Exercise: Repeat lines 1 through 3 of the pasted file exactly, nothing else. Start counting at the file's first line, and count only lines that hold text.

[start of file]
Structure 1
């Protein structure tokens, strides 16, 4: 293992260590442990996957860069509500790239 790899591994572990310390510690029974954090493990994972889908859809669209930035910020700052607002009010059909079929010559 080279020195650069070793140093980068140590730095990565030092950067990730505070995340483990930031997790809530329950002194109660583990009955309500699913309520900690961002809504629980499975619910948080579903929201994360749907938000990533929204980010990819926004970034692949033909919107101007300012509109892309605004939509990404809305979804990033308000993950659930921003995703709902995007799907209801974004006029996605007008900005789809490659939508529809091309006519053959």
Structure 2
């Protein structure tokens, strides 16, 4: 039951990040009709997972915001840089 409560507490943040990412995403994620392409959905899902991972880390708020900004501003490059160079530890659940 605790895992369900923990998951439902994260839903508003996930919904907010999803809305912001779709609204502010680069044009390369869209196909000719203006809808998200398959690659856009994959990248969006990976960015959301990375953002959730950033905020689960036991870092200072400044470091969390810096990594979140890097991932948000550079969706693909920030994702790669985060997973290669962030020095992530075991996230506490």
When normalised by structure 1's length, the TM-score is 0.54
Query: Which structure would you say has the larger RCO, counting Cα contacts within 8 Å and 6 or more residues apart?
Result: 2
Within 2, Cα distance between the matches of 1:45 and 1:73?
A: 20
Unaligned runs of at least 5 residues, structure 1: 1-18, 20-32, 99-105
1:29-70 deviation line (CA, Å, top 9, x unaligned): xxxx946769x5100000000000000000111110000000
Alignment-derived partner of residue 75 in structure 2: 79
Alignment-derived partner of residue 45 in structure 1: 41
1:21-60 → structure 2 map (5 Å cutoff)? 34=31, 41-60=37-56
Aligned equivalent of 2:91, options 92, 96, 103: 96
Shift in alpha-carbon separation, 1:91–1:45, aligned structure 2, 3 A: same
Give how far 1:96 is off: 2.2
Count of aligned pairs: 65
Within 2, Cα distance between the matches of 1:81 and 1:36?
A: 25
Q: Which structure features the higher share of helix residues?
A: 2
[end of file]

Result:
Structure 1
């Protein structure tokens, strides 16, 4: 293992260590442990996957860069509500790239 790899591994572990310390510690029974954090493990994972889908859809669209930035910020700052607002009010059909079929010559 080279020195650069070793140093980068140590730095990565030092950067990730505070995340483990930031997790809530329950002194109660583990009955309500699913309520900690961002809504629980499975619910948080579903929201994360749907938000990533929204980010990819926004970034692949033909919107101007300012509109892309605004939509990404809305979804990033308000993950659930921003995703709902995007799907209801974004006029996605007008900005789809490659939508529809091309006519053959």
Structure 2